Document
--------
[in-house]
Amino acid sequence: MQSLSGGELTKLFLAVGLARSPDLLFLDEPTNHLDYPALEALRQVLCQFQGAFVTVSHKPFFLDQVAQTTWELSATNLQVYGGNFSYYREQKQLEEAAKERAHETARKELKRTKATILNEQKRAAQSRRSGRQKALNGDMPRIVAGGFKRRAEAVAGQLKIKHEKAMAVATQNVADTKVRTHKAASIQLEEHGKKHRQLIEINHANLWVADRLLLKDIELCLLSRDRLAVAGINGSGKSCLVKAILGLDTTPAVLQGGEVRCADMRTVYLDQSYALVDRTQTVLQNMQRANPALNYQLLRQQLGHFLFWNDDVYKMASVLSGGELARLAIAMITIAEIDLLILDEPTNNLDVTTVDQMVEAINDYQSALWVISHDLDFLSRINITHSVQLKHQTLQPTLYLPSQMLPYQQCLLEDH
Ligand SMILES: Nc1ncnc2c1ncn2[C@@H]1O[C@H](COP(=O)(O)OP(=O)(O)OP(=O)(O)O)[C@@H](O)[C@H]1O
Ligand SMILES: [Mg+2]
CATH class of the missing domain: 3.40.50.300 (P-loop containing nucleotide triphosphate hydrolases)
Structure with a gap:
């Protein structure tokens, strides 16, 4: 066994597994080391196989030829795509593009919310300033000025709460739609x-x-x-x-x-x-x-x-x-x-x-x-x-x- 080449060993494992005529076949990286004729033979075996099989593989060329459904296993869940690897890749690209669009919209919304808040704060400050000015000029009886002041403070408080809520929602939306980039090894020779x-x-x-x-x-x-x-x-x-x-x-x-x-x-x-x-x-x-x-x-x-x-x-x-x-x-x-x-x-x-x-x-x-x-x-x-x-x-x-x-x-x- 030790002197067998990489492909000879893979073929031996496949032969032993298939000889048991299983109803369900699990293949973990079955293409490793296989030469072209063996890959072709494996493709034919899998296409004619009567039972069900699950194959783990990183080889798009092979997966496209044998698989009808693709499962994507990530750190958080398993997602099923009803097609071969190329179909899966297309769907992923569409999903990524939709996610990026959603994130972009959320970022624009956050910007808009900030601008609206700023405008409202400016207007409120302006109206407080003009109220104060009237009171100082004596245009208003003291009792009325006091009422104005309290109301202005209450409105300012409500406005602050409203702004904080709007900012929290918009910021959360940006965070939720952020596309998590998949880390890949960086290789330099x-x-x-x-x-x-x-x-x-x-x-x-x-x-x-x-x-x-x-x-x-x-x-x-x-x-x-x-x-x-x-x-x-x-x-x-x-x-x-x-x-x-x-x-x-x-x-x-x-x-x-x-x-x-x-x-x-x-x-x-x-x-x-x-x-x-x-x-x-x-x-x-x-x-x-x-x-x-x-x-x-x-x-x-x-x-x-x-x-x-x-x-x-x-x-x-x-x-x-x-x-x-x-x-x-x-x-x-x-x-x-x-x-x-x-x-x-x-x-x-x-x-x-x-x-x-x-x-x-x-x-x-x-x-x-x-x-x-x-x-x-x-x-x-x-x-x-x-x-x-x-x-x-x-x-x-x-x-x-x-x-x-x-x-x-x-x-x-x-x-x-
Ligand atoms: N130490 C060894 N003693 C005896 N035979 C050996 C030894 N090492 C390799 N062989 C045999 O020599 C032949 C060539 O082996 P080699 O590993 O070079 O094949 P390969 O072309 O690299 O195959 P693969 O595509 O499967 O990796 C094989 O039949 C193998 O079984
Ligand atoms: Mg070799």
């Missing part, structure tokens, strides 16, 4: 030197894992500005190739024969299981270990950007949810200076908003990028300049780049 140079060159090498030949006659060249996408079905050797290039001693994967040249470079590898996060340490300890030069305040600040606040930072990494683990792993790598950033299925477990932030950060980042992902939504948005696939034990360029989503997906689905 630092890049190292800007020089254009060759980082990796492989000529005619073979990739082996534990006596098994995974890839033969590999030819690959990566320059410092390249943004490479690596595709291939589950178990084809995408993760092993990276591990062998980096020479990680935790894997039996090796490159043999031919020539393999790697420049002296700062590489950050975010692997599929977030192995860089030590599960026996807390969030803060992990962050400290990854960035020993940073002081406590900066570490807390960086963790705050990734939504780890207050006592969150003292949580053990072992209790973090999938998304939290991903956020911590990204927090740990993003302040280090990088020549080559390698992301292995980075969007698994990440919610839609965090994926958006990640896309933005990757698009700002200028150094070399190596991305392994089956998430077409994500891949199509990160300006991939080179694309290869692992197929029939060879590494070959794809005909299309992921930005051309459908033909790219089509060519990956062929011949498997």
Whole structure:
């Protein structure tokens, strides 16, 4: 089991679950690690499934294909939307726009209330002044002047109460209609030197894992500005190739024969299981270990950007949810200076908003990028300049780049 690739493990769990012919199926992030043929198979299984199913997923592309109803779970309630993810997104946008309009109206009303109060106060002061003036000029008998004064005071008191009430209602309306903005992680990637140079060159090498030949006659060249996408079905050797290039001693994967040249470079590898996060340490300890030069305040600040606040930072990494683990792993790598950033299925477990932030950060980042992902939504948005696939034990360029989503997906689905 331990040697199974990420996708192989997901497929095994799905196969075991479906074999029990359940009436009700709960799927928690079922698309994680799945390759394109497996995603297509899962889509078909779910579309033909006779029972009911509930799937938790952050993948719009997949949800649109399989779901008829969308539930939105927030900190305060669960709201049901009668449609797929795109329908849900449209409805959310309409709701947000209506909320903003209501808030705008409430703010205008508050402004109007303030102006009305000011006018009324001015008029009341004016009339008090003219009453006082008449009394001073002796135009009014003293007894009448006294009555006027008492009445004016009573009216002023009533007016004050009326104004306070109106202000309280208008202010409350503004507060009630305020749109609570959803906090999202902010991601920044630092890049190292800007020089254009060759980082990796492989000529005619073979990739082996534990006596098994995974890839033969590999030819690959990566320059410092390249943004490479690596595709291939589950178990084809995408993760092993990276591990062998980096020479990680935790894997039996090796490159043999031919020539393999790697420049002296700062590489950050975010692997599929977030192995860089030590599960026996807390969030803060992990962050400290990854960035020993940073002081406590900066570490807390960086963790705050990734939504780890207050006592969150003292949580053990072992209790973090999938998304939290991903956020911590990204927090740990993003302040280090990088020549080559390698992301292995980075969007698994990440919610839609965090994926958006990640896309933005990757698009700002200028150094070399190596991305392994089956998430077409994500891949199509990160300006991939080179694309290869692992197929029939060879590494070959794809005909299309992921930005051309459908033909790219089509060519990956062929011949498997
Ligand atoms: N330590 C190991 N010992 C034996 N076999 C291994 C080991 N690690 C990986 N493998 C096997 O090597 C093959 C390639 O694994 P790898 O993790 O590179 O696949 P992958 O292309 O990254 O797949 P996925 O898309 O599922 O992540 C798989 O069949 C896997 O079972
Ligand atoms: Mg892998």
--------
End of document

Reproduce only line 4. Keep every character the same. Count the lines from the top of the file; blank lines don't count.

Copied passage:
Ligand SMILES: [Mg+2]